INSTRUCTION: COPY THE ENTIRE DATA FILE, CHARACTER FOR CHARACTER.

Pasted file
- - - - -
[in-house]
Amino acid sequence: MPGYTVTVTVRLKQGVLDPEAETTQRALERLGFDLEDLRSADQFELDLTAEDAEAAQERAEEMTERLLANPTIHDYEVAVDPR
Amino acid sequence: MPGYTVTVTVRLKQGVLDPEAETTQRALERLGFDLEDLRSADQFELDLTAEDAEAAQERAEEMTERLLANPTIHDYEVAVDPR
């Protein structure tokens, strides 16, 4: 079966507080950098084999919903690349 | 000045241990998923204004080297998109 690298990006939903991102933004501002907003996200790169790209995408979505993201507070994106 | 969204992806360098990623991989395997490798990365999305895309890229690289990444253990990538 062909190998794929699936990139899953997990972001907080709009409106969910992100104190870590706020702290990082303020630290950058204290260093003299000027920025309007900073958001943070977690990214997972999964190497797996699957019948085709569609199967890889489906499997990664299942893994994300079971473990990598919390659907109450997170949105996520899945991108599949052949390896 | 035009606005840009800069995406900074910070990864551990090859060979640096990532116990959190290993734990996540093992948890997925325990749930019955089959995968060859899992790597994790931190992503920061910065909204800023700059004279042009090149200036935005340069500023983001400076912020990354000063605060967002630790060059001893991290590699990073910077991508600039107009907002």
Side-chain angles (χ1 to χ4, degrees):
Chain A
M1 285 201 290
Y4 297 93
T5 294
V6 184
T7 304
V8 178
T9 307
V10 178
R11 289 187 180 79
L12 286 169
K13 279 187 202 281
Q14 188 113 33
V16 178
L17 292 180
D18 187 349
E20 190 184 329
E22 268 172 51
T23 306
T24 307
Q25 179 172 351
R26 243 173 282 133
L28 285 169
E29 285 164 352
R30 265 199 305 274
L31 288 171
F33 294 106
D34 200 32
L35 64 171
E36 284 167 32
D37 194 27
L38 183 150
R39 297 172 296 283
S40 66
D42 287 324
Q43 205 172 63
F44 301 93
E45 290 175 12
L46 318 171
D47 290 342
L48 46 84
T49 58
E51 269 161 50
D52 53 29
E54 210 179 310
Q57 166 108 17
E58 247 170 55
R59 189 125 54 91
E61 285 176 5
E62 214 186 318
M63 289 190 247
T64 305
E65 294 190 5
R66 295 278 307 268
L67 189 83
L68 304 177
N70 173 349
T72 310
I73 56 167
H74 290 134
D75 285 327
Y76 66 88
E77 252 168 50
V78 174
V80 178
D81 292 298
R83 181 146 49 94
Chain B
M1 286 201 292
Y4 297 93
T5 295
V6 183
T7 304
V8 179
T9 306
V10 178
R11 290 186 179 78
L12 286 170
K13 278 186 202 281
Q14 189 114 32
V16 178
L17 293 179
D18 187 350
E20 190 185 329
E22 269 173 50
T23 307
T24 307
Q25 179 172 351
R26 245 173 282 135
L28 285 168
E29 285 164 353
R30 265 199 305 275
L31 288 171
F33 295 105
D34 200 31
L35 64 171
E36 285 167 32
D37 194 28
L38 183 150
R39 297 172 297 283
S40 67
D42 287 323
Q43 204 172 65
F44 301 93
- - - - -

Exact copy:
[in-house]
Amino acid sequence: MPGYTVTVTVRLKQGVLDPEAETTQRALERLGFDLEDLRSADQFELDLTAEDAEAAQERAEEMTERLLANPTIHDYEVAVDPR
Amino acid sequence: MPGYTVTVTVRLKQGVLDPEAETTQRALERLGFDLEDLRSADQFELDLTAEDAEAAQERAEEMTERLLANPTIHDYEVAVDPR
């Protein structure tokens, strides 16, 4: 079966507080950098084999919903690349 | 000045241990998923204004080297998109 690298990006939903991102933004501002907003996200790169790209995408979505993201507070994106 | 969204992806360098990623991989395997490798990365999305895309890229690289990444253990990538 062909190998794929699936990139899953997990972001907080709009409106969910992100104190870590706020702290990082303020630290950058204290260093003299000027920025309007900073958001943070977690990214997972999964190497797996699957019948085709569609199967890889489906499997990664299942893994994300079971473990990598919390659907109450997170949105996520899945991108599949052949390896 | 035009606005840009800069995406900074910070990864551990090859060979640096990532116990959190290993734990996540093992948890997925325990749930019955089959995968060859899992790597994790931190992503920061910065909204800023700059004279042009090149200036935005340069500023983001400076912020990354000063605060967002630790060059001893991290590699990073910077991508600039107009907002």
Side-chain angles (χ1 to χ4, degrees):
Chain A
M1 285 201 290
Y4 297 93
T5 294
V6 184
T7 304
V8 178
T9 307
V10 178
R11 289 187 180 79
L12 286 169
K13 279 187 202 281
Q14 188 113 33
V16 178
L17 292 180
D18 187 349
E20 190 184 329
E22 268 172 51
T23 306
T24 307
Q25 179 172 351
R26 243 173 282 133
L28 285 169
E29 285 164 352
R30 265 199 305 274
L31 288 171
F33 294 106
D34 200 32
L35 64 171
E36 284 167 32
D37 194 27
L38 183 150
R39 297 172 296 283
S40 66
D42 287 324
Q43 205 172 63
F44 301 93
E45 290 175 12
L46 318 171
D47 290 342
L48 46 84
T49 58
E51 269 161 50
D52 53 29
E54 210 179 310
Q57 166 108 17
E58 247 170 55
R59 189 125 54 91
E61 285 176 5
E62 214 186 318
M63 289 190 247
T64 305
E65 294 190 5
R66 295 278 307 268
L67 189 83
L68 304 177
N70 173 349
T72 310
I73 56 167
H74 290 134
D75 285 327
Y76 66 88
E77 252 168 50
V78 174
V80 178
D81 292 298
R83 181 146 49 94
Chain B
M1 286 201 292
Y4 297 93
T5 295
V6 183
T7 304
V8 179
T9 306
V10 178
R11 290 186 179 78
L12 286 170
K13 278 186 202 281
Q14 189 114 32
V16 178
L17 293 179
D18 187 350
E20 190 185 329
E22 269 173 50
T23 307
T24 307
Q25 179 172 351
R26 245 173 282 135
L28 285 168
E29 285 164 353
R30 265 199 305 275
L31 288 171
F33 295 105
D34 200 31
L35 64 171
E36 285 167 32
D37 194 28
L38 183 150
R39 297 172 297 283
S40 67
D42 287 323
Q43 204 172 65
F44 301 93